Mark McCann has been a friend for over a decade. I met him through my friend Alex and got to know him a lot better when Alex lived with him.
Mark was a bodybuilder who decided one day that he wanted more. He became a prodigious writer overnight producing three full novels in under a year. You can check out his author’s page and buy his books here.
Mark then went on to create and run the pop-culture website Bad Haven. Since then Mark has been focusing on comic book writing.
Mark’s work ethic is beginning to pay off as he is now attracting the attention of major comic book publications.
Mark is a testament to hard work and dedication.
McCann has definitely influenced me. Setting up this blog, writing daily and putting myself out there was in part because of Mark.
Thank you, Mark.
You have to understand that there’s nowhere for me to mention this organically so here goes. Mark is a champion slabber. If you have any insecurities whatsoever do not get into a verbal argument with this man. He’s also a tank so you shouldn’t get into a physical one either.
I would love just hanging out in the kitchen with Mark, then the verbal digs would start. Before you know it, you’re getting broken down.
You think it sounds horrible but it was the best and Mark always would take the time to build you back up again. You could also go back at him as hard as you can go. Nothing was beyond limits for him, nothing was beyond limits for you.
From the outside, it looks like bullying but when you’re on the inside you recognise the love that it comes from.
Thank you, Mark, slabber soon.
On Not Giving Up – Mark McCann
Tom Clancy wrote, ‘an overnight success is ten years in the making.’
Clancy may have written it, but I first read it in Elizabeth Gilbert’s novel ‘Big Magic’. It’s a book about channelling your creative side, but at its core, it’s about not giving up.
Why was I, a writer of almost a decade, reading a book about creative inspiration?
Why was I not thinking of throwing in the towel you ask?
The reason is simple. At some point writers, toiling in obscurity without any recognition, start finding the prospect of giving up tempting. It often manifests itself in the dreaded ‘writers block,’ of which I had been suffering. “The block” was getting the upper hand.
When this happens, if you’re not a prodigy or first-time success, then you start to think of failure. Its spectre flits the corners of your thinking, especially when you begin to drift. It becomes apparent that you aren’t meeting your goals with the immediacy that you’d expected.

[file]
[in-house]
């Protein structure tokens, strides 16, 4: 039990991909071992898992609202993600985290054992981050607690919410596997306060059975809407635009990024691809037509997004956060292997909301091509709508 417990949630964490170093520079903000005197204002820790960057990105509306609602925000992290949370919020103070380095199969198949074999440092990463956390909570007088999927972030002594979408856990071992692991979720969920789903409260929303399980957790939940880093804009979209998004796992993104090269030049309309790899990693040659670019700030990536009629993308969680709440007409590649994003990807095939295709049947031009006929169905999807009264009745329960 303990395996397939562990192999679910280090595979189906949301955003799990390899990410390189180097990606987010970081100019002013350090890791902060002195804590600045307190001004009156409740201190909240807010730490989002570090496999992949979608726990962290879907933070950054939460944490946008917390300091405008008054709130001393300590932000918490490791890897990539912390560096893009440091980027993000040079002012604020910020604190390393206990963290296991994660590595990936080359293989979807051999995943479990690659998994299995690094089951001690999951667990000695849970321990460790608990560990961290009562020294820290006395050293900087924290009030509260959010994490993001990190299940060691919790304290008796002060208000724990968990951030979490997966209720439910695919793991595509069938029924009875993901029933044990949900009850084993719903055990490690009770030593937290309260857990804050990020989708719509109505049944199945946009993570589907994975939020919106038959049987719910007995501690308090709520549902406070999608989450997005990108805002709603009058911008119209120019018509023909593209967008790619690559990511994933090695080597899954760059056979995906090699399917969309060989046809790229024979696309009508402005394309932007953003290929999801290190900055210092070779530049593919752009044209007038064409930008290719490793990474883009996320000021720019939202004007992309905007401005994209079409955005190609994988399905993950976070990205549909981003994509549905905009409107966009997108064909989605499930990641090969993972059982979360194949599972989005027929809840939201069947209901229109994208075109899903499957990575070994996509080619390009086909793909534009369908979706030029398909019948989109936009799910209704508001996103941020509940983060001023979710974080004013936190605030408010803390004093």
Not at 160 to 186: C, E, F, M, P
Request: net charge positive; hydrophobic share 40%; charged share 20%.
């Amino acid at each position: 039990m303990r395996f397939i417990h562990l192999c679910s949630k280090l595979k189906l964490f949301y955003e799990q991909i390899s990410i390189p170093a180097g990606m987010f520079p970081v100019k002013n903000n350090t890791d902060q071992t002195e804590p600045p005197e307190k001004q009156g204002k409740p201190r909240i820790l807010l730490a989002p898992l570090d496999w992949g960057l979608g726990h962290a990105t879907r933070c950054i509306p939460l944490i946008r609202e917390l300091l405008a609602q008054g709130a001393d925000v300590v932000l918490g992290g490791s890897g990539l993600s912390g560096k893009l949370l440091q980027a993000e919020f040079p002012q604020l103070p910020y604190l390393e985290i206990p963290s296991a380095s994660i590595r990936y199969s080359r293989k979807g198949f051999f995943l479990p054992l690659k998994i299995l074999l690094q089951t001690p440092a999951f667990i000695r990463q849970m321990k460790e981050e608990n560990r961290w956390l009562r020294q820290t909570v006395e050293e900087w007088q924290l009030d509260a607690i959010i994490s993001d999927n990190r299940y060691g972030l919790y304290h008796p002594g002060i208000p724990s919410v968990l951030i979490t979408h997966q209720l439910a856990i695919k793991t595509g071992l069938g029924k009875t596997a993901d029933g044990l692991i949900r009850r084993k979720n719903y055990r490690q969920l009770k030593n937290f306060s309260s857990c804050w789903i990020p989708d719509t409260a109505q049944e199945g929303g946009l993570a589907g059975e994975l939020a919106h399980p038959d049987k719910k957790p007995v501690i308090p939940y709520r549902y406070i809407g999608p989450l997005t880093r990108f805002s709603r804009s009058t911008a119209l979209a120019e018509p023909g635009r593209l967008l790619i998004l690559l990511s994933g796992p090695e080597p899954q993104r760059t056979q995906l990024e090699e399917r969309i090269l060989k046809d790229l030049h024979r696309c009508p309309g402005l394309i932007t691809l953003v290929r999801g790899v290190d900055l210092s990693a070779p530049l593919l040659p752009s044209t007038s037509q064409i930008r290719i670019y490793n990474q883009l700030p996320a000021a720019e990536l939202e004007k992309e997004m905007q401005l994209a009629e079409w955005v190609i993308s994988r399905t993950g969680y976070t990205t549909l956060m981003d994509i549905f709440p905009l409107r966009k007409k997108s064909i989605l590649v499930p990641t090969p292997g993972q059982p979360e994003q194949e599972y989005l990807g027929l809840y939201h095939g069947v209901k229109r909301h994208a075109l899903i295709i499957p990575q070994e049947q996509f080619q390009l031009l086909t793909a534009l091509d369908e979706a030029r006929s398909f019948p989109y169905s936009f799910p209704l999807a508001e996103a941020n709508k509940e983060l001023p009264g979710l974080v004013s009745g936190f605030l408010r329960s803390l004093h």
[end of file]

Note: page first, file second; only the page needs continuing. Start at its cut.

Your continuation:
People are starting to wonder if your writing claims are hot air, or more the case; you suspect they are. You start to doubt yourself. You become unable to create and succumb to a sort of malaise of the mind. It saps you.
What do you do?
There are many rules for writing and creating. Indeed, for pursuing any vocational, purpose-filled career. There are millions of books that detail the process and will give you invaluable advice. Advice about taking criticism on the chin, improving your craft, networking – the lot.
The most important advice I have for anyone who wants to pursue anything as a career is this; don’t give up.
If it’s what you want, and you want it bad then go for it. It’s in your bones then don’t give up. If you feel sick when you aren’t actively pursuing it, you know what you have to do.
Don’t be afraid of failure. Another great saying I love, ‘the master has failed more than the beginner has ever tried’.
Whenever I am beset by ‘writers block’ and paralysed by the myriad facets of my failures, I do a quick google search. I type in ‘people who made it late in life’. It reminds me that more talented people than I, found success in their vocations much later in life than I have (even though my moderate success is still a burgeoning thing.).
Rogue author Charles Bukowski was in his 50’s by the time he made it big. So was the warm voice of modern cinema, Morgan Freeman.
Beloved thespian Patrick Stewart was in his late forties. So was screen icon Sam Jackson. Cookbook sensation Julia Child was in her fifties. The godfather of pop culture Stan Lee was shy of forty.
The key to their success? They believed in what they were doing. They wanted it to happen. They tried, they failed and they learned from it. They got back up and tried again.
There’s no magic formula, there’s only persistence. The grind and wanting it. ‘Stay hungry’, to quote the eight-time Mister Olympia, highest paid actor in Hollywood and two-term Governor of California.
It might take ten years. Prepare to dig in, work hard, embrace failure and refuse to lose.
After all, it might not take ten years. You could, in fact, make it way sooner. It only took Einstein nine.